Last week, groups of intruders broke into Caricuao Zoo in Caracas, Venezuela, pulled a rare black stallion from its cage, and slaughtered him there on the spot. They left behind only his head and ribs, which zookeepers found in the morning when they entered to care for the lone horse.
Earlier this month, Vietnamese pigs and sheep that called the zoo their home were stolen by citizens for food as well.
If the animals aren’t being stolen and butchered to feed the starving Venezuelan citizens, they’re dying from starvation themselves, as the zoos’ food shipments are few and far between.
Marlene Sifontes, a union leader at INPARQUES, the government agency that runs the Caricuao Zoo, told Reuters in a recent interview:
“The situation that our zoo is going through is very sad. We have animals that have not eaten for up to 15 days, which affects their health.”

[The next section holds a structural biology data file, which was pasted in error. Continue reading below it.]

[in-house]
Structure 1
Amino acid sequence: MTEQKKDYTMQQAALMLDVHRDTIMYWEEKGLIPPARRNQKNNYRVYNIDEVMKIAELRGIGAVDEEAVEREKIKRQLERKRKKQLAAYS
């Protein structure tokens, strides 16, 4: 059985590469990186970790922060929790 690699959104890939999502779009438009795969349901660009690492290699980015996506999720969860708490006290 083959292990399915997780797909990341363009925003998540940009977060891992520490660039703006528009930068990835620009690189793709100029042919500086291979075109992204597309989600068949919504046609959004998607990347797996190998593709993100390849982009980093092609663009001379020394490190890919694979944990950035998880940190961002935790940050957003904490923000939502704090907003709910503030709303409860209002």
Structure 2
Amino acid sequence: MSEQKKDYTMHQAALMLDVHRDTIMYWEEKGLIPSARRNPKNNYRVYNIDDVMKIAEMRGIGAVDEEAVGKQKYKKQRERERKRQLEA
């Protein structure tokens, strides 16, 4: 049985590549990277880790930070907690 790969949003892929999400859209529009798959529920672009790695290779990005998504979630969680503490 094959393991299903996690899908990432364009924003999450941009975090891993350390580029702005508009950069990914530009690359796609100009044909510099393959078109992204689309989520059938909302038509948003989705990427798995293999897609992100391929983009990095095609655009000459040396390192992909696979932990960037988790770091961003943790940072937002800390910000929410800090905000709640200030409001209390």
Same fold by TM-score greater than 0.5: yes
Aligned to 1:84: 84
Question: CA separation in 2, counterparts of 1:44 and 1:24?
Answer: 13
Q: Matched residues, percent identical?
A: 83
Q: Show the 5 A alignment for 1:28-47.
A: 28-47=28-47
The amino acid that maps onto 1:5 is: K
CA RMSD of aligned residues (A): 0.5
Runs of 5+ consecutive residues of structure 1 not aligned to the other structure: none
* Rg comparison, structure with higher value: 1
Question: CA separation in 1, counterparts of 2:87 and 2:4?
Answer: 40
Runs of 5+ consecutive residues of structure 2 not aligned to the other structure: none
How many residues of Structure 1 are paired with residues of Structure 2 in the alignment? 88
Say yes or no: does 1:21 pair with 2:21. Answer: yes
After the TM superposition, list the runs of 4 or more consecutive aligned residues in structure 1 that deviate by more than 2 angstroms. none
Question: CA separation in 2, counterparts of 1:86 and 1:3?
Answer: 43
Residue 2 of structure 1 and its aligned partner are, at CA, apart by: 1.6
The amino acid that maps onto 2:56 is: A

Read More: http://www.trueactivist.com/starving...rving-animals/

Gixxer86g 09 Aug 16 05:11

Well, this is what the people wanted.

¡Estupido!

Gixxer86g 09 Aug 16 05:14

Her neighbors would be wise to shore up their borders.

Bass_Man86 09 Aug 16 10:48

Quote:

Originally Posted by Gixxer86g (Post 3254344)
Well, this is what the people wanted.

¡Estupido!

I am waiting for the dookie to hit the fan Jim, and when it does it will be ugly. Maduro forgot what happened to Mussolini.

MarkV 09 Aug 16 11:03

Quote:

Originally Posted by Bass_Man86 (Post 3254430)
I am waiting for the dookie to hit the fan Jim, and when it does it will be ugly. Maduro forgot what happened to Mussolini.

Perhaps he is hoping Castro will send somebody in to fly him out. Nicolae Ceaușescu might be a more applicable example.

T. A. Gardner 09 Aug 16 11:41

Is this the food line or the toilet paper line...?

http://capitalismisfreedom.com/wp-co...02.06-AM-1.jpg

Sounds like the later days of WW 2...

http://www.thegatewaypundit.com/2016...gs-birds-food/